Skip over navigation

The Prince

Niccolò Machiavelli

Chapters XXIV–XXVI

Chapters XX–XXIII

Chapters XXIV–XXVI, page 2

page 1 of 2

Summary — Chapter XXIV: Why the Princes of Italy Have Lost Their States

Machiavelli suggests that any new prince who successfully follows the advice found in The Prince will enjoy the stability of a hereditary prince, since men are more aware of the present than of the past.

A number of Italian princes have lost states through their own military faults. They fled when they should have fought, expecting their subjects to call them back. These princes failed because of their own incompetence and not as a result of a string of bad luck. They took too much comfort in prosperous times, never anticipating danger. When they were conquered, they hoped that the people would revolt and recall them; but it is always folly to depend upon others for security. A prince’s best defense is his own valor.

Summary — Chapter XXV: Concerning the Influence of Fortune in Human Affairs, and the Manner in Which It Is to Be Resisted

Although it is often thought that fortune controls human affairs, fortune controls only half of one’s actions, while free will determines the other half. Fortune is like a flooding river: it is only dangerous when men have not built dykes against it beforehand. Italy has not built dykes, and as a result it has experienced tumultuous upheaval. Germany, Spain, and France have taken better care and have reaped the benefits of stability.

As fortune varies, one man may succeed and another fail, even if they both follow the same path. Times and circumstances change, so a prince must adjust to them in order to remain successful; however, men tend to stay on the course that has brought them success in the past. Circumstances allowed Julius II to act impetuously, but if he had lived longer, he would have been ruined when circumstances changed. On the whole, however, impetuosity surpasses caution. Fortune favors energetic youth over cautious age.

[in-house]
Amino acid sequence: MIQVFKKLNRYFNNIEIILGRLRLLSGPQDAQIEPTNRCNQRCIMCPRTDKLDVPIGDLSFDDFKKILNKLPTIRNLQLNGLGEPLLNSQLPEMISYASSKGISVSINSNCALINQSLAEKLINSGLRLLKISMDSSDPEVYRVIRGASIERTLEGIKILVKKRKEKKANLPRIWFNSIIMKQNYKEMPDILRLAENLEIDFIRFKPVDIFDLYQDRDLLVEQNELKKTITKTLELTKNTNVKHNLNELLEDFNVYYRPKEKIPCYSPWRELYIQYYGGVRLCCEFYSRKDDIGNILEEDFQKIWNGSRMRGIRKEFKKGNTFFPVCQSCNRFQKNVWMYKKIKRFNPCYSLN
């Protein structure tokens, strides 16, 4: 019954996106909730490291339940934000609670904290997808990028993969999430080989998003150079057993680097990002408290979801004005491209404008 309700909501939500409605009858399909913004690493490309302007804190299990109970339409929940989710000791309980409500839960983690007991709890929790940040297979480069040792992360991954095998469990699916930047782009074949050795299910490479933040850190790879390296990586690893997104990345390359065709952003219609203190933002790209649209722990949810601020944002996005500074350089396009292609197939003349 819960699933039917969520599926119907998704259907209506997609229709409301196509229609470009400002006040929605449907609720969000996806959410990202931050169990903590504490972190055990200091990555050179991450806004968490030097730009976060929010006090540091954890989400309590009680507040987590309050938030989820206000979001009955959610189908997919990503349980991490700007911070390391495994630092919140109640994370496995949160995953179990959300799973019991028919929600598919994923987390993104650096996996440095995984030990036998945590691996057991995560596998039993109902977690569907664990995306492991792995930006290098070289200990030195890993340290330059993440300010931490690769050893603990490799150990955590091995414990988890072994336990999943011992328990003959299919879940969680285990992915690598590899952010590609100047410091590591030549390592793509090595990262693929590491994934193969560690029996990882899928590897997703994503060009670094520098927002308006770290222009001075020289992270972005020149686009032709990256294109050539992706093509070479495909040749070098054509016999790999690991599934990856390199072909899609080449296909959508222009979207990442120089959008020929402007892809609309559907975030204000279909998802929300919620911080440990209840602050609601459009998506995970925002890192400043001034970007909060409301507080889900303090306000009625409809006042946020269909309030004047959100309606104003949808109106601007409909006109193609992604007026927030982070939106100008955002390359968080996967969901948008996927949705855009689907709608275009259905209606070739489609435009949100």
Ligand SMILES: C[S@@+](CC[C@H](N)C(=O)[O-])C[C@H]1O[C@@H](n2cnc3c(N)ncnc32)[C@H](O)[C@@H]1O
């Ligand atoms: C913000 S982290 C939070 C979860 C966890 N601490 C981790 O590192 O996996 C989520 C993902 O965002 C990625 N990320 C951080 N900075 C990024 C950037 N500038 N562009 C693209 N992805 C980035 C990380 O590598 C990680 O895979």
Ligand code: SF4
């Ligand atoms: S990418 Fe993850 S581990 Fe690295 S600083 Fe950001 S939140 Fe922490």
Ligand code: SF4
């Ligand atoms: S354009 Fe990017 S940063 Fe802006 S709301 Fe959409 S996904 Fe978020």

Summary — Chapter XXVI: An Exhortation to Free Italy from the Hands of the Barbarians

Italy’s current disarray favors the emergence of a new prince who will bring happiness to the Italian people. Until recently, there had been a prince who seemed ordained by heaven to redeem Italy. But a string of bad luck has prevented such an outcome.

Lorenzo de’ Medici is Italy’s best hope. If he has learned from the great men named in The Prince, the salvation of Italy will not be difficult. For though those men were great, they were still only men, with no greater opportunities or grace than Lorenzo’s own. Past wars and princes have failed to strengthen Italy because its military system was old and defective.

More Help

Previous Next
Mixed Up

by PinguZ45, January 29, 2014

It's supposed to be able to ward of wolves like a lion and recognize traps like a fox. Sorry, just a minor correction

0 Comments

2 out of 2 people found this helpful

Hobbes was NOT a monarchist

by Ultra_Vires, May 01, 2014

Hobbes was not a monarchist; this is stated in the introduction written by C.B MacPhearson in Hobbes' Leviathan. It's true he wanted order, but calling him a Monarchist is wrong; he merely advocated a SOVREIGN. He alienated Monarchists by claiming that divine rule was NOT a legitimate form of governance.

"He preached obedience, that is to say, he set out the rational grounds for obedience, to whatever political authority actually exercised power at the time. But his doctrine was not calculated to please any of those who successively ... Read more

0 Comments

12 out of 16 people found this helpful

I spent a few hours on this, on chapter 3 Machiavelli summary

by anon_2223130183, November 30, 2014

On chapter 3;

"A prince should injure people only if he knows there is no threat of revenge."

http://www.sparknotes.com/philosophy/prince/section2.rhtml

--------------------------------------------------------------------------------------------------------------------------------------------------------------------

I disagree with this, as I believe this sentence meant something else, as in to prevent/oppress, or avo... Read more

3 Comments

1 out of 1 people found this helpful

Follow Us